SCIENTIFIC NAME: Hybopsis sp.
CHARACTERISTICS: The undescribed chub, which resembles the clear chub, Hybopsis winchelli, has a single barbel, a falcate dorsal fin, and a dark lateral band. The body is slender, and the snout is blunt, with a small, horizontal mouth. The large eye has a diameter slightly greater than the length of the snout. The back and sides are light greenish yellow. Clemmer (1971) recognizes this species as a distinct form, and we follow his work here. The species differs from H. winchelli in snout shape, mouth position, head length, caudal spot shape, and size and position of nuptial tubercles. Also, the undescribed chub occurs with and is likely to be confused with two other similar species: the silverjaw minnow, Ericymba buccata, and the weed shiner, Notropis texanus, both of which lack mouth barbels.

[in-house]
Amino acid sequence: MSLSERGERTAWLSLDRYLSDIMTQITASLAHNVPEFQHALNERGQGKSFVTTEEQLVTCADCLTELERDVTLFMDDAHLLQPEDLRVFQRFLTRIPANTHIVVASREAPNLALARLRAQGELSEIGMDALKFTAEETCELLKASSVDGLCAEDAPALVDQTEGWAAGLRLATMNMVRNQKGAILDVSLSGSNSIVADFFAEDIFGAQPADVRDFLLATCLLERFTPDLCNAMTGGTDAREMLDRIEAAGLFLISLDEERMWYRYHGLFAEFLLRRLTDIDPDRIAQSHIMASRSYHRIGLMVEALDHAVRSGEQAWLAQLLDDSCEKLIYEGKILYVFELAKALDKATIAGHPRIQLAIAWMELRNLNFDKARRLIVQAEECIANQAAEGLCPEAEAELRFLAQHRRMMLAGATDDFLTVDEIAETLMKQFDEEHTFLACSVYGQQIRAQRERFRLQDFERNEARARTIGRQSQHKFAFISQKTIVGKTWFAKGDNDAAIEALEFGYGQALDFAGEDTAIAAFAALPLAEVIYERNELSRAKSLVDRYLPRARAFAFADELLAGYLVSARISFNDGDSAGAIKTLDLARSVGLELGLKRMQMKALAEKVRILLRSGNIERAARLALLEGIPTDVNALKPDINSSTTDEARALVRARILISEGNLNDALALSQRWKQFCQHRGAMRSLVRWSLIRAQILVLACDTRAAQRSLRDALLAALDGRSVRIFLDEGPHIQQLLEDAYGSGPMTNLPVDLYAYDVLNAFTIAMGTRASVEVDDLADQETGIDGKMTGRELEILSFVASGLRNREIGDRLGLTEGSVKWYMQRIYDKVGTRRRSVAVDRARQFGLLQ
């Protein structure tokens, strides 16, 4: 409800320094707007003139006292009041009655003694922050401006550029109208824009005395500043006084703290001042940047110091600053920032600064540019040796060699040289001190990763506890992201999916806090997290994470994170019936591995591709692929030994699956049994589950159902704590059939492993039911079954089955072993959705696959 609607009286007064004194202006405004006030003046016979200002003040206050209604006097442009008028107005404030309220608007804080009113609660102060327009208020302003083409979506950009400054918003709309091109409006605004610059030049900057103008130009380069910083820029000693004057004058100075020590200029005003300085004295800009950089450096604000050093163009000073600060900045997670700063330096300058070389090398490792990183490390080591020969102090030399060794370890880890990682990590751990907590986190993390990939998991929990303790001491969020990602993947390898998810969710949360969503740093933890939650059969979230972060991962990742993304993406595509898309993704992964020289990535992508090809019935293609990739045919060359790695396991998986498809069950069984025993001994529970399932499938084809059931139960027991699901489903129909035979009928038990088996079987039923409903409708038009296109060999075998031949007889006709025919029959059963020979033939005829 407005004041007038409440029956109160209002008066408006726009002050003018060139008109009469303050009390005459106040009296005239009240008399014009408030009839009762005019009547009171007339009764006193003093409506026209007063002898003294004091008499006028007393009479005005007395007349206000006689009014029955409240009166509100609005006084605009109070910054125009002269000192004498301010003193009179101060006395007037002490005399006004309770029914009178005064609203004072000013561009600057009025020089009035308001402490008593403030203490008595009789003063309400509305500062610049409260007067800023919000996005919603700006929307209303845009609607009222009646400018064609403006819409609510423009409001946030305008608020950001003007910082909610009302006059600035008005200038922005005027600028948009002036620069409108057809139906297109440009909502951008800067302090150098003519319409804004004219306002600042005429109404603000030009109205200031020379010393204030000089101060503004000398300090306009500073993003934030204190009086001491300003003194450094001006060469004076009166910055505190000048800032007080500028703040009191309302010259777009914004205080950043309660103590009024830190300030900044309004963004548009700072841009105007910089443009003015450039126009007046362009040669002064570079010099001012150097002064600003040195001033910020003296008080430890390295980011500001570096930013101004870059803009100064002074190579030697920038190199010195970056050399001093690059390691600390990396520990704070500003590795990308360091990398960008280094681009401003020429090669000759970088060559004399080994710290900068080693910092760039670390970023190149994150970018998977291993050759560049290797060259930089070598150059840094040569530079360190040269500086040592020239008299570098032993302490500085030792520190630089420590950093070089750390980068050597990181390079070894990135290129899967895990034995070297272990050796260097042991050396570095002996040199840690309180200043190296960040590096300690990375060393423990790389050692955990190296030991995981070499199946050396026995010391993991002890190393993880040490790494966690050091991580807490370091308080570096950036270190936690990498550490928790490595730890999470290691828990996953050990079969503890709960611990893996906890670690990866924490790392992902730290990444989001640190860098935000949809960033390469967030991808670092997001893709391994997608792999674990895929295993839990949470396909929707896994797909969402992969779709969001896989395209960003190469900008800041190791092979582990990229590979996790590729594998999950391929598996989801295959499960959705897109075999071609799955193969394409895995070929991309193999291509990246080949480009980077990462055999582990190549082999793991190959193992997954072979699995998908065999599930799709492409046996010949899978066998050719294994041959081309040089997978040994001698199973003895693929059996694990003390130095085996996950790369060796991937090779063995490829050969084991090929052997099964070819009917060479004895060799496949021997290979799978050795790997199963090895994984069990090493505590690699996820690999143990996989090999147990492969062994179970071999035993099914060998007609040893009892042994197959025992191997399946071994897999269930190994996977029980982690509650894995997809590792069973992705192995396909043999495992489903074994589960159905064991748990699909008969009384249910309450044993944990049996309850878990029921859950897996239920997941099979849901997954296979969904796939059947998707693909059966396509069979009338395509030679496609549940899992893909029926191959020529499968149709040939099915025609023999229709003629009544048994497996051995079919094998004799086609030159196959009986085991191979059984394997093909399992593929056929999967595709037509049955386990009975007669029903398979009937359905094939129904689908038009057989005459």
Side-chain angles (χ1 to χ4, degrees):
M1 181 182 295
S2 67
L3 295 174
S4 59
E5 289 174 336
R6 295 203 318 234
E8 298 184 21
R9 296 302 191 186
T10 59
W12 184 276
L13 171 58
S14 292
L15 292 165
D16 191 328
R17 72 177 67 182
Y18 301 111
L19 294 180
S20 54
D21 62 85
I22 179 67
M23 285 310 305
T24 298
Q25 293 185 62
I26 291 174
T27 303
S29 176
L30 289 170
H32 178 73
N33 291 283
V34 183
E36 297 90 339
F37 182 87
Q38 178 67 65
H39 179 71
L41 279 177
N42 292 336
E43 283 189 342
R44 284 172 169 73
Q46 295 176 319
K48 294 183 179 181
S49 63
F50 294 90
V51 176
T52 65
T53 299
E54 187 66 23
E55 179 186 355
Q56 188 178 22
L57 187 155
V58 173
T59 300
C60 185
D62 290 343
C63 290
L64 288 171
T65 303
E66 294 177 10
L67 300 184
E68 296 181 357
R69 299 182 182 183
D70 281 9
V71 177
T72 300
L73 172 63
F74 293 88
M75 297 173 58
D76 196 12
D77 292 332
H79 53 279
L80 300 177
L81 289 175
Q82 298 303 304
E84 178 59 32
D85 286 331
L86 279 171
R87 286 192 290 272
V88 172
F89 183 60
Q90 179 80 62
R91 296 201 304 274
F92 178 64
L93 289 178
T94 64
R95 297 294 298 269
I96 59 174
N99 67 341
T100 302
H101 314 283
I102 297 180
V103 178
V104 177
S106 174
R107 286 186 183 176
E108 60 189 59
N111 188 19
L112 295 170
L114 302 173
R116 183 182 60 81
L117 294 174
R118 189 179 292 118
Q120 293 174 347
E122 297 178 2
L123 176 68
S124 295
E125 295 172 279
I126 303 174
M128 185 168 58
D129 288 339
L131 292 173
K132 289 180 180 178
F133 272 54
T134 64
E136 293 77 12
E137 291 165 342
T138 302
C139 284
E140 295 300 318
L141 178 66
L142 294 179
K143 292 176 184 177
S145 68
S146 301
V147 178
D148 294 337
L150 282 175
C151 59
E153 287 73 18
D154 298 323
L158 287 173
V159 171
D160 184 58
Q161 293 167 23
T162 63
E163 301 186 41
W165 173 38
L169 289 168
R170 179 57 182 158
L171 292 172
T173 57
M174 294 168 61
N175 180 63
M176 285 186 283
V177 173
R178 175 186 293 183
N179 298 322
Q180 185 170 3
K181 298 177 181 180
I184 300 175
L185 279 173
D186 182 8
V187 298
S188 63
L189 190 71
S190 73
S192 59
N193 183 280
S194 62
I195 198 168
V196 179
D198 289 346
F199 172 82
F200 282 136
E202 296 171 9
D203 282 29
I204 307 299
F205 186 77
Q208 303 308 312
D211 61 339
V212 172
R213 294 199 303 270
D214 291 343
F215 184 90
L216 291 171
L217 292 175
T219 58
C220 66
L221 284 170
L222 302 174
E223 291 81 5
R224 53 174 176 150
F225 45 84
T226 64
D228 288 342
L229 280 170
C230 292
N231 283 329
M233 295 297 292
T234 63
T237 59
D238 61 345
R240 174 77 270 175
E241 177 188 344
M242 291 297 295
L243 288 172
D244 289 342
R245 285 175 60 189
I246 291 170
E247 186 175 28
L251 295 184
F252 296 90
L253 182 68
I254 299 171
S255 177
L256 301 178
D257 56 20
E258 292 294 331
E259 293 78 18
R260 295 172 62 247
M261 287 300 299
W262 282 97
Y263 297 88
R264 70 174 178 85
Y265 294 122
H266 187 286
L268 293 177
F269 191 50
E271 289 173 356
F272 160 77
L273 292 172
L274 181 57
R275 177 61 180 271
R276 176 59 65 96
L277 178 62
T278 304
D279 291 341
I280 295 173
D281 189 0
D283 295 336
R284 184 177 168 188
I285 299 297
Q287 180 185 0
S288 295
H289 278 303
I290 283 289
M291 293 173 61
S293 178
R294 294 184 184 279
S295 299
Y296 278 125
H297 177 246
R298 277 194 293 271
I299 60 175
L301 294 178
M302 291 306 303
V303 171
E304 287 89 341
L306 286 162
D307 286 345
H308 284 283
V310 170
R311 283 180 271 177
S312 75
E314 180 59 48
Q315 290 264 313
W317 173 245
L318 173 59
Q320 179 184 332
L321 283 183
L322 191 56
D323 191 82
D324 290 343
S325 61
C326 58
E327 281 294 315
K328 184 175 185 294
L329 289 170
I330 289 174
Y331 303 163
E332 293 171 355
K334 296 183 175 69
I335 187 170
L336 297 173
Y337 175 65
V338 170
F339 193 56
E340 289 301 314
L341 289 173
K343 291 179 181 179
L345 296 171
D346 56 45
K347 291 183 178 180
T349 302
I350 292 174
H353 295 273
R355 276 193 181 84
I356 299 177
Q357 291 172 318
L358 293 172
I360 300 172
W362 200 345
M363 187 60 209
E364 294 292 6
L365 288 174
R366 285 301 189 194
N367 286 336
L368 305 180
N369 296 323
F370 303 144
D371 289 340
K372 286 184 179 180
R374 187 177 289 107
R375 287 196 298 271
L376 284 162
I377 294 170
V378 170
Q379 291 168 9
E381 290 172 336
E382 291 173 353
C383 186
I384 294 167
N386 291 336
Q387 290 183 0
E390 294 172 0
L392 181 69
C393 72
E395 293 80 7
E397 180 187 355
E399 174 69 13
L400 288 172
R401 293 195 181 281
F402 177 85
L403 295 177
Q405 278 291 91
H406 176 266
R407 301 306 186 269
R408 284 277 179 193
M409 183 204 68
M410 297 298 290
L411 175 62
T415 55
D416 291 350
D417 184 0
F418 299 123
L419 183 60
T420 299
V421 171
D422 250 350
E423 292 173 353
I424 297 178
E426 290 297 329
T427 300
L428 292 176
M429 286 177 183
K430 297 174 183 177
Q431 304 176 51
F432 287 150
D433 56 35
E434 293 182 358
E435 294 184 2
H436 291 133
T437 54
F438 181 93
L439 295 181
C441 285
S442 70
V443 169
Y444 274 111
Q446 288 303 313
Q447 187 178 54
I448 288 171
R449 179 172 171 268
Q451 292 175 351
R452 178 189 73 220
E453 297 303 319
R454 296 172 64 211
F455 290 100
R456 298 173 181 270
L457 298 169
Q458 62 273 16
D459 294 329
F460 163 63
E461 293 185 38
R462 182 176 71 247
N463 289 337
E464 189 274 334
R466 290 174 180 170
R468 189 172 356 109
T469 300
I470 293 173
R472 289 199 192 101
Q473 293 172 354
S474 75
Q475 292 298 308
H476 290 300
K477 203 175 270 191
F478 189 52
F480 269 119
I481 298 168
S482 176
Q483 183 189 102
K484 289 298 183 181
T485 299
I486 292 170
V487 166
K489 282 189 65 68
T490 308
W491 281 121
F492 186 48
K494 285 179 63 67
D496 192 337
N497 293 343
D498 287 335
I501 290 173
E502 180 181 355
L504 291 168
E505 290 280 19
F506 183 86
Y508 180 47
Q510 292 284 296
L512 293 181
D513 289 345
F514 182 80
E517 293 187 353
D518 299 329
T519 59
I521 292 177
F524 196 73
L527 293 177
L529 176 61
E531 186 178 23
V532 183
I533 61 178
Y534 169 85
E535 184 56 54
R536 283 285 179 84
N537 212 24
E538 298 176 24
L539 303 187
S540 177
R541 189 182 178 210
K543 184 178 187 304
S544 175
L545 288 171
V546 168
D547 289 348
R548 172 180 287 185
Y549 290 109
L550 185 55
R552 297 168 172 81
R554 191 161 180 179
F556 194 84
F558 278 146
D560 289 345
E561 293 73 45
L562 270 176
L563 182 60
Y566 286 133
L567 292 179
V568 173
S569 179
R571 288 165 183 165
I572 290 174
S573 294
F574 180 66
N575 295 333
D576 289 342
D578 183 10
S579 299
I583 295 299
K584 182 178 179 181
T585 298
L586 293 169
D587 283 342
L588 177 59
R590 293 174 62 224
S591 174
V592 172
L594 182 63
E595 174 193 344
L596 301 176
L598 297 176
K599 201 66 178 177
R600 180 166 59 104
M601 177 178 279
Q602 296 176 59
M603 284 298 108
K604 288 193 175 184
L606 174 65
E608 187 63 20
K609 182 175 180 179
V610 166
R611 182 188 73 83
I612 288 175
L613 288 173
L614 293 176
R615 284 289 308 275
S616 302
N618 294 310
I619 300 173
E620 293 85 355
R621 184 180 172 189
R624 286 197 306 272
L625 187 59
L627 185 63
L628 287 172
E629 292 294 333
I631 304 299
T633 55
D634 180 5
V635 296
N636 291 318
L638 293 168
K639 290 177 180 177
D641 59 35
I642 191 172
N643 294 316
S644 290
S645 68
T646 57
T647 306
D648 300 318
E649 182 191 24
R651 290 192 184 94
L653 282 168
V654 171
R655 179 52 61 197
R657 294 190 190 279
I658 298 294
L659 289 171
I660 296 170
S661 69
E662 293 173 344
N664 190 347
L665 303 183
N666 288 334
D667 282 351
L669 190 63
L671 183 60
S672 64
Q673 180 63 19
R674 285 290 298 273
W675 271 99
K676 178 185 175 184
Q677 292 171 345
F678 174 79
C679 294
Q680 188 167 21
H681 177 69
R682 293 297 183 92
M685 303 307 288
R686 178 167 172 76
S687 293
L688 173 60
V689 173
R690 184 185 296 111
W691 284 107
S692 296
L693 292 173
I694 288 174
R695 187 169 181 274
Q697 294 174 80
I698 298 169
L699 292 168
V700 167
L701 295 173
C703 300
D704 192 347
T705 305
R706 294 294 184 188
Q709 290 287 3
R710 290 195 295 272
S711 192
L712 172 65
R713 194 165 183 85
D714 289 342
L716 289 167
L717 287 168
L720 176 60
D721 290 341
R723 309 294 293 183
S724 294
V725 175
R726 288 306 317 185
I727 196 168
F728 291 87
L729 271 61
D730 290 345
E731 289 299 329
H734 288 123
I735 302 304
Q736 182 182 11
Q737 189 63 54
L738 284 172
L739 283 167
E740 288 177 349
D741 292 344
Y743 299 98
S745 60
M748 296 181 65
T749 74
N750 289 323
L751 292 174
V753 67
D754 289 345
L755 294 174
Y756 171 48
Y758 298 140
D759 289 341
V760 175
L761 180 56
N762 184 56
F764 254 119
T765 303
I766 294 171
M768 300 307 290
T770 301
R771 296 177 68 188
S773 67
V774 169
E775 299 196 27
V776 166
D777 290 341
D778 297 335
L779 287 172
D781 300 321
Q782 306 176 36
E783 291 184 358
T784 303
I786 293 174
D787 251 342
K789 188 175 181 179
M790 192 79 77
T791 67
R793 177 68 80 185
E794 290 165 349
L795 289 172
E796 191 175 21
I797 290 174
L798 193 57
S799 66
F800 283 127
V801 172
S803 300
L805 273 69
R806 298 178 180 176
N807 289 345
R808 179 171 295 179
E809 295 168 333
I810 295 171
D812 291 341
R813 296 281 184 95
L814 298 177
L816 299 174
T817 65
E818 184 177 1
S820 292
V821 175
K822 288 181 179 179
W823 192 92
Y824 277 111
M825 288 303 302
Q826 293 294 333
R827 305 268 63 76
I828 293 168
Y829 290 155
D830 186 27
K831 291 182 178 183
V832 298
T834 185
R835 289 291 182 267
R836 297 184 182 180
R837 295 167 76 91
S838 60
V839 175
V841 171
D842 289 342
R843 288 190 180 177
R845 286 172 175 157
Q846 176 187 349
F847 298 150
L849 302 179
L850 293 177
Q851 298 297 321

ADULT SIZE: 2 to 2.8 in (50 to 70 mm)
DISTRIBUTION: This lowland chub occurs in coastal drainages from the Perdido River system east to the Apalachicola basin. Most collections are from drainages between the Perdido and Choctawhatchee rivers in south Alabama. Chattahoochee River populations cross the Fall Line and are widespread and occasionally abundant in Wacoochee and upper Uchee creeks.
HABITAT AND BIOLOGY: This species prefers small to large streams with clear or slightly turbid water over gravel, sand, or silt bottoms. It is found in pool areas near riffles and in quiet pools with little or no current. Large populations can be found over sand and gravel shoals in larger rivers, such as the Conecuh and upper Choctawhatchee. Gravid individuals have been collected in May, and spawning likely occurs from April to late June. Little is known about this species’ feeding ecology, but it presumably eats aquatic and terrestrial insects and possibly filamentous algae.
Hybopsis means rounded face, referring to the blunt snout.
The copyrighted information above is from Fishes of Alabama and the Mobile Basin.